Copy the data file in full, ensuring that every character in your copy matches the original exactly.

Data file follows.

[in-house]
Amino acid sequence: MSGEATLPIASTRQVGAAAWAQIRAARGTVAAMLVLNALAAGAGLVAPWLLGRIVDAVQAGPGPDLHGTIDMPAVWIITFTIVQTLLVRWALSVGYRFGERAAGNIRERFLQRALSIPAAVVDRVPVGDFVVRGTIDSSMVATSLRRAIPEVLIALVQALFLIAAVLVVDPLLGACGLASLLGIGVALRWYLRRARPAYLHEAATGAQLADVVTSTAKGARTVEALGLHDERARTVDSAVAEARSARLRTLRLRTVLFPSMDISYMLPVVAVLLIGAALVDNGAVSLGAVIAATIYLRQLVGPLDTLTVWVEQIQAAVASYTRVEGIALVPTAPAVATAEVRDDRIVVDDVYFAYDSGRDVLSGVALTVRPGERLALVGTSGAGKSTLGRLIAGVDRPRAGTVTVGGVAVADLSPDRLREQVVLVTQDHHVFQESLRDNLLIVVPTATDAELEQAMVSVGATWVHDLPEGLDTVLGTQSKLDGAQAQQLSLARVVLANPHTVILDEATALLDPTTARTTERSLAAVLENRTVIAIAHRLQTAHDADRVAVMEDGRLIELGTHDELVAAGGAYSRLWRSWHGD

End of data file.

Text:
[in-house]
Amino acid sequence: MSGEATLPIASTRQVGAAAWAQIRAARGTVAAMLVLNALAAGAGLVAPWLLGRIVDAVQAGPGPDLHGTIDMPAVWIITFTIVQTLLVRWALSVGYRFGERAAGNIRERFLQRALSIPAAVVDRVPVGDFVVRGTIDSSMVATSLRRAIPEVLIALVQALFLIAAVLVVDPLLGACGLASLLGIGVALRWYLRRARPAYLHEAATGAQLADVVTSTAKGARTVEALGLHDERARTVDSAVAEARSARLRTLRLRTVLFPSMDISYMLPVVAVLLIGAALVDNGAVSLGAVIAATIYLRQLVGPLDTLTVWVEQIQAAVASYTRVEGIALVPTAPAVATAEVRDDRIVVDDVYFAYDSGRDVLSGVALTVRPGERLALVGTSGAGKSTLGRLIAGVDRPRAGTVTVGGVAVADLSPDRLREQVVLVTQDHHVFQESLRDNLLIVVPTATDAELEQAMVSVGATWVHDLPEGLDTVLGTQSKLDGAQAQQLSLARVVLANPHTVILDEATALLDPTTARTTERSLAAVLENRTVIAIAHRLQTAHDADRVAVMEDGRLIELGTHDELVAAGGAYSRLWRSWHGD